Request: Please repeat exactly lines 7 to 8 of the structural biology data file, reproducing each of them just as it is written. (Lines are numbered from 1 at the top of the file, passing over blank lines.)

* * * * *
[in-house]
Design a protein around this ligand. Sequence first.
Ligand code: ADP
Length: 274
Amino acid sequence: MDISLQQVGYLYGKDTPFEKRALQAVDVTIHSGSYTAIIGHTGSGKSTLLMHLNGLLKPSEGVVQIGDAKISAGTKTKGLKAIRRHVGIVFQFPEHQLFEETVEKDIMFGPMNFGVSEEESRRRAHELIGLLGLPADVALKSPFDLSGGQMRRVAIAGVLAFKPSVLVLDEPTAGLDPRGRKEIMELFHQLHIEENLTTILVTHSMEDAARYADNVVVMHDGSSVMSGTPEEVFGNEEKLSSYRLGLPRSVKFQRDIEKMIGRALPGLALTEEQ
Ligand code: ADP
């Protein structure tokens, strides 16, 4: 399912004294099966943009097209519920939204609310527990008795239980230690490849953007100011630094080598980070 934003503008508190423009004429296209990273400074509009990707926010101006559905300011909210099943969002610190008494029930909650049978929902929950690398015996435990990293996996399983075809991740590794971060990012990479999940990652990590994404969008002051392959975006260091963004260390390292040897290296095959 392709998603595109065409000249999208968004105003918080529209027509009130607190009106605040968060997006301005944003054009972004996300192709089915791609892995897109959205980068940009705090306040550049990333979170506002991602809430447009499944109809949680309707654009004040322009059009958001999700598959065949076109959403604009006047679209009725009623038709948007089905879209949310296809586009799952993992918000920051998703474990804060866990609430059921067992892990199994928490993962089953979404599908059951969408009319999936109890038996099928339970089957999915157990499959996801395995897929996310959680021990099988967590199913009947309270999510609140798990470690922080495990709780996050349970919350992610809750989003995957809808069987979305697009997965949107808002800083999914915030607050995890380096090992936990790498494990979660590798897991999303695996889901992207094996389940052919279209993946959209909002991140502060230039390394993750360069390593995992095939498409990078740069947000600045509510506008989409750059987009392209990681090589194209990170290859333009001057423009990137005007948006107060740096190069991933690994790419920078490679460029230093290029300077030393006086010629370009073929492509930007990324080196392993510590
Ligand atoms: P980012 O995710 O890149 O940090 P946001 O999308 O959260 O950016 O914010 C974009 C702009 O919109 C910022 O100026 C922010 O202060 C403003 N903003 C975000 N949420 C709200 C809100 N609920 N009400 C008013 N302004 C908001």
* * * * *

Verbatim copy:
């Protein structure tokens, strides 16, 4: 399912004294099966943009097209519920939204609310527990008795239980230690490849953007100011630094080598980070 934003503008508190423009004429296209990273400074509009990707926010101006559905300011909210099943969002610190008494029930909650049978929902929950690398015996435990990293996996399983075809991740590794971060990012990479999940990652990590994404969008002051392959975006260091963004260390390292040897290296095959 392709998603595109065409000249999208968004105003918080529209027509009130607190009106605040968060997006301005944003054009972004996300192709089915791609892995897109959205980068940009705090306040550049990333979170506002991602809430447009499944109809949680309707654009004040322009059009958001999700598959065949076109959403604009006047679209009725009623038709948007089905879209949310296809586009799952993992918000920051998703474990804060866990609430059921067992892990199994928490993962089953979404599908059951969408009319999936109890038996099928339970089957999915157990499959996801395995897929996310959680021990099988967590199913009947309270999510609140798990470690922080495990709780996050349970919350992610809750989003995957809808069987979305697009997965949107808002800083999914915030607050995890380096090992936990790498494990979660590798897991999303695996889901992207094996389940052919279209993946959209909002991140502060230039390394993750360069390593995992095939498409990078740069947000600045509510506008989409750059987009392209990681090589194209990170290859333009001057423009990137005007948006107060740096190069991933690994790419920078490679460029230093290029300077030393006086010629370009073929492509930007990324080196392993510590
Ligand atoms: P980012 O995710 O890149 O940090 P946001 O999308 O959260 O950016 O914010 C974009 C702009 O919109 C910022 O100026 C922010 O202060 C403003 N903003 C975000 N949420 C709200 C809100 N609920 N009400 C008013 N302004 C908001």